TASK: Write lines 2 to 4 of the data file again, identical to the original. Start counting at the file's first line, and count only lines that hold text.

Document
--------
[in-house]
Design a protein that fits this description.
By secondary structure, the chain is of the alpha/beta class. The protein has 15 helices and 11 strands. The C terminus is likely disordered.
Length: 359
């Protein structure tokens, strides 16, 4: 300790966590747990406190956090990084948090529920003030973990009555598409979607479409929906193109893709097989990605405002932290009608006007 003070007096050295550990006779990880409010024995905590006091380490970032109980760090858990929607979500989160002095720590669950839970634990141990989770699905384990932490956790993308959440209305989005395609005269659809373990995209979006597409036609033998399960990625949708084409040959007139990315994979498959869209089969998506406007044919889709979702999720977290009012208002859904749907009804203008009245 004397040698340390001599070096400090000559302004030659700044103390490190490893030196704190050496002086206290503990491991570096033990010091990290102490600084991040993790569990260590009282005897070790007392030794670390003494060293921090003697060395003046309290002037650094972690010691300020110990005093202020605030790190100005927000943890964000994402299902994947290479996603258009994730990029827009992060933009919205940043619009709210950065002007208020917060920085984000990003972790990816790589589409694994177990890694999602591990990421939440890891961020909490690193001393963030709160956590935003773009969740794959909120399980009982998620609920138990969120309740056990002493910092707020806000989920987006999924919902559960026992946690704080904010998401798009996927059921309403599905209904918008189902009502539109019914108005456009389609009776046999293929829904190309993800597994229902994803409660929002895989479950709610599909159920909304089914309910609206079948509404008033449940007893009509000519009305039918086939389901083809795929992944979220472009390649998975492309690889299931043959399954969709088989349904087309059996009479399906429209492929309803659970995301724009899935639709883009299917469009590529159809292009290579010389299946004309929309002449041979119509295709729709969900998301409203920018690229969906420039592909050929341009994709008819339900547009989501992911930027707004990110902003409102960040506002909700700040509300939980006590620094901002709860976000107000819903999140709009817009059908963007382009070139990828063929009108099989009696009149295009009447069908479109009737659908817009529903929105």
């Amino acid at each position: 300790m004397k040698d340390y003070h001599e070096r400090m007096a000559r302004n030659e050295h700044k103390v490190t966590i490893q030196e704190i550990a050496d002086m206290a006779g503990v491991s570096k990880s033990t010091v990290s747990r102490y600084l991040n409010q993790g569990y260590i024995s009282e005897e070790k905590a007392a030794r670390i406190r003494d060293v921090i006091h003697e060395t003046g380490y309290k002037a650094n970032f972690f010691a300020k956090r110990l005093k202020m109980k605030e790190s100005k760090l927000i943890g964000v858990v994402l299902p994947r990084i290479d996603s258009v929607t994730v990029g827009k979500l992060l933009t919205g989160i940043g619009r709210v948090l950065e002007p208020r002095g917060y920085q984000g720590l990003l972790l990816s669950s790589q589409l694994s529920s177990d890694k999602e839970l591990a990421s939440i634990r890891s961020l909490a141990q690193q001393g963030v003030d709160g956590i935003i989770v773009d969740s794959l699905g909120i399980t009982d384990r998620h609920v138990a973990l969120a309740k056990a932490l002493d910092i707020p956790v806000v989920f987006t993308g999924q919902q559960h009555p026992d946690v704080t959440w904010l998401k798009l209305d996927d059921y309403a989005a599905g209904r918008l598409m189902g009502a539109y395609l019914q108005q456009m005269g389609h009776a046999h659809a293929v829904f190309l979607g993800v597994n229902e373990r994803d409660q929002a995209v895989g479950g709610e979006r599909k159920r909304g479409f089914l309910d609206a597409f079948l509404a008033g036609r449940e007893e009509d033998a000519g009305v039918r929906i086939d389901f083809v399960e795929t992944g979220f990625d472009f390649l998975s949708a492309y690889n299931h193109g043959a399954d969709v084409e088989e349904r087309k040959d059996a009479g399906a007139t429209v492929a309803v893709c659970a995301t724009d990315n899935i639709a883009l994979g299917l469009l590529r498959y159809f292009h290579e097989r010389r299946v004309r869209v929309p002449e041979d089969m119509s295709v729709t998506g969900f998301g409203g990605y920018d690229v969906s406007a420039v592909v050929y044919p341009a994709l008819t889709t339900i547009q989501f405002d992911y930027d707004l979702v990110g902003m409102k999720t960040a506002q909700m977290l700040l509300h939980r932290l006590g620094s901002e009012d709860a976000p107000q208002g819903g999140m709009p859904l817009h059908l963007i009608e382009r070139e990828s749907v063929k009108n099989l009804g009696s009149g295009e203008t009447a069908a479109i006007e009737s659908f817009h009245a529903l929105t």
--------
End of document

Design a protein that fits this description.
By secondary structure, the chain is of the alpha/beta class. The protein has 15 helices and 11 strands. The C terminus is likely disordered.
Length: 359